Motorcycle Helmet Laws
For many motorcycle riders, the use of helmets is seen as a restriction that has been debated by both state governments and the federal government. Riding motorcycles can be extremely dangerous for riders and other drivers on the roadways. According to the National Highway Traffic Safety Administration (NHTSA), serious and fatal crashes are all too common.
The reason motorcycle accidents can be deadly is mainly because they lack the protection of an enclosed vehicle. There is no surface that prevents riders from stopping their projection upon impacts. During maneuvers, motorcycles are far less stable compared to regular vehicles.
The NHTSA estimates that the use of a motorcycle helmet reduces the possibility of a motorcycle accident fatality by 37%. A rider is also three times more likely to experience a brain injury by not wearing a helmet when riding a motorcycle. A number of states have adopted motorcycle helmet laws in response to a high number of motorcycle deaths. Yet, there is still no federal law that requires riders to wear a helmet.
State Laws for Motorcycle Helmets
Forty-seven states, along with Washington D.C., Guam, the Northern Mariana Islands, Puerto Rico, and the U.S. Virgin Islands, have drafted helmet laws for motorcyclists. Of the 47 states and other locations mentioned, 19 have created universal motorcycle helmet laws that require riders to wear a helmet. The remaining 28 states require certain riders to wear helmets.
There are only three states that have no motorcycle helmet laws. Those states include:
- New Hampshire
By 1967, the federal government pushed for universal motorcycle helmet laws, according to the Governors Highway Safety Association. The federal government used these laws as leverage for states looking to be eligible for highway safety funds. Illinois, Iowa, and New Hampshire have yet to comply since 1975. Since 1976, the helmet laws have gradually weakened after congress revoked the federal government’s authority to enforce penalties on states that did not follow the motorcycle helmet laws.
The 19 states that have universal motorcycle helmet laws include:
- New Jersey
- North Carolina
- West Virginia
- New York
When motorcycle riders use an antilock braking system (ABS), it not only reduces their risk of injury but also the risk of motorcycle accidents. ABS prevents both wheels of a motorcycle from locking up, which can lead to painful falls. Aside from an antilock braking system, though, the best source of motorcycle safety is from a helmet. Motorcycle helmets are proven lifesavers, and they can also avoid certain injuries such as head trauma.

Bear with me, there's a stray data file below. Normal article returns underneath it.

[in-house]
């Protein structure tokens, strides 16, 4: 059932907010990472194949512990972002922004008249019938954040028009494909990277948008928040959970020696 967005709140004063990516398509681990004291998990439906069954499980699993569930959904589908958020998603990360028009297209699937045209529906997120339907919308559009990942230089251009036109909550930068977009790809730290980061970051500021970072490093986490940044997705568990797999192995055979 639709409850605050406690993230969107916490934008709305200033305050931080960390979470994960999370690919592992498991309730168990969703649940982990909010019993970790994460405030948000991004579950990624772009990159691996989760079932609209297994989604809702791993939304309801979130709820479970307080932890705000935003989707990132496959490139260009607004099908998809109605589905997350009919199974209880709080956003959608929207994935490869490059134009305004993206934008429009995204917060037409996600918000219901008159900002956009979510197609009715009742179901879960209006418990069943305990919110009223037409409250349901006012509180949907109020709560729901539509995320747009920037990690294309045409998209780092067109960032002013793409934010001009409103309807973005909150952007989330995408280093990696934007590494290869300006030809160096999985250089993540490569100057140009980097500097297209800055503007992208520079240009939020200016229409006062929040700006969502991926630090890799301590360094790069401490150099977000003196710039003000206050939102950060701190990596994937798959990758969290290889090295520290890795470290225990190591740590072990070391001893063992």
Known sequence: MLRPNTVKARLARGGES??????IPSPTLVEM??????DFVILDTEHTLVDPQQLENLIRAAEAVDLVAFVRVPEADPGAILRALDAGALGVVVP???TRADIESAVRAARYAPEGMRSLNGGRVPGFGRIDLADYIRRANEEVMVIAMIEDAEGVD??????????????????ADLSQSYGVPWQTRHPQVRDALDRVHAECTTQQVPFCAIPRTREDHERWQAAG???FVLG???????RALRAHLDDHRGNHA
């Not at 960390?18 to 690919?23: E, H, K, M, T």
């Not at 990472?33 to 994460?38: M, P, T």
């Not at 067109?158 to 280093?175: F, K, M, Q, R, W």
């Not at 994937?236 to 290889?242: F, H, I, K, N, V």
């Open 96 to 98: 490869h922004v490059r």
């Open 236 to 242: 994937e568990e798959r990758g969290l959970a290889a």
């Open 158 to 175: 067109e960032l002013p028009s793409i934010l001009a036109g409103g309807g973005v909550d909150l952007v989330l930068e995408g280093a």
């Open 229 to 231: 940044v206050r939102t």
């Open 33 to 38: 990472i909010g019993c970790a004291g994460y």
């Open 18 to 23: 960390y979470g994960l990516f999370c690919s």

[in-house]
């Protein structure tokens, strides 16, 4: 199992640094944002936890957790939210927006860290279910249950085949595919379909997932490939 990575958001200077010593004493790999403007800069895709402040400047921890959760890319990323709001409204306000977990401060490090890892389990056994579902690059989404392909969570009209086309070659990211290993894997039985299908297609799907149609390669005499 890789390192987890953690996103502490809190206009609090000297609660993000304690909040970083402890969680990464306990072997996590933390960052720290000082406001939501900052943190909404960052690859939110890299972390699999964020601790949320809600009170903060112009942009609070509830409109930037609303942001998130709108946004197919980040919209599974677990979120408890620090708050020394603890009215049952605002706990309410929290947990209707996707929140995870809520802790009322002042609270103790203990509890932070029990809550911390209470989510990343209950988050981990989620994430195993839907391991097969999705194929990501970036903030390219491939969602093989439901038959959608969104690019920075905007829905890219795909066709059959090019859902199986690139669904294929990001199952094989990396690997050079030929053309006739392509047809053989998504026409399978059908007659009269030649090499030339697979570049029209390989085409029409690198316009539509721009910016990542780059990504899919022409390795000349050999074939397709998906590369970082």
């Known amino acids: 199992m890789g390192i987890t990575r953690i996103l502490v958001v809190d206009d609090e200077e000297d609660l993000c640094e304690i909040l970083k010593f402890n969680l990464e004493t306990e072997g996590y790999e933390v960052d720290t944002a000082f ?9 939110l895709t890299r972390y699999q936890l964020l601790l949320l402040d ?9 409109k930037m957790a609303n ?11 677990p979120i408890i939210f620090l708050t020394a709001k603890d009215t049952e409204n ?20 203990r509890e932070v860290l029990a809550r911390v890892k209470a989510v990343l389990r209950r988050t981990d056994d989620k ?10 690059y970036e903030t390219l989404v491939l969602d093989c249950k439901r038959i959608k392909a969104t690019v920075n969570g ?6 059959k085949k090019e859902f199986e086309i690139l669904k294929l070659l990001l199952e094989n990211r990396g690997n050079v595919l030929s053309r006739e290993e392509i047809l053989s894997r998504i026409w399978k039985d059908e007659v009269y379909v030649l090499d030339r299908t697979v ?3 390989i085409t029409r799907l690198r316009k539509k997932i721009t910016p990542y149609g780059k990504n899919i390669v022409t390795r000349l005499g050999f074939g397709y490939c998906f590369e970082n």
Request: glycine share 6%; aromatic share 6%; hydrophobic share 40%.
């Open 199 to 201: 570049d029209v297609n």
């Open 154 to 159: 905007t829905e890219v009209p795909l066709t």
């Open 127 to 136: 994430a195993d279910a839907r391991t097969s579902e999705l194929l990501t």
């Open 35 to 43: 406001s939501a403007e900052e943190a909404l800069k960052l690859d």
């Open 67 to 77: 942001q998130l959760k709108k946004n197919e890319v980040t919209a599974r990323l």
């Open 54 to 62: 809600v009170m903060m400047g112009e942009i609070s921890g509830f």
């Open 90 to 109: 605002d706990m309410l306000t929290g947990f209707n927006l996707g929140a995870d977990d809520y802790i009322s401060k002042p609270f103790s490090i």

It is also important for riders to understand the safety concerns associated with their specific type of motorcycle. Every type of motorcycle has its own perks and benefits, as well as their own pitfalls that can increase chances of injury.
The main types of motorcycles include:
- Super Sports
- Sport bikes
- Unclad sport
Aside from understanding your unique equipment for safety measures, wearing a proper helmet can determine life or death following a motorcycle accident.
Schultz & Myers, LLC Are Your Motorcycle Injury Lawyers
If you were injured during a motorcycle accident, contact Schultz & Myers, LLC. Our team serves several locations in Missouri (St. Louis, Sikeston, Union, Hannibal), Illinois, and Arkansas.
Motorcycle accidents are just one of several types of auto accidents that can result in personal injury claims. When motorcycle helmets are not enough to protect riders from road crash injuries, it is time to consider a personal injury lawyer for legal recourse. The motorcycle accident lawyers of Schultz & Myers, LLC stand with motorcycle riders and will gladly support them as they file an injury claim.
At Schultz & Myers, LLC, we offer a risk-free guarantee program, which means you do not pay any legal fees unless we win your case.
Let Schultz & Myers, LLC handle your motorcycle accident case today by calling 314-444-4444. You can also reach us online by filling out a free case evaluation form to further explain your unique case and its circumstances.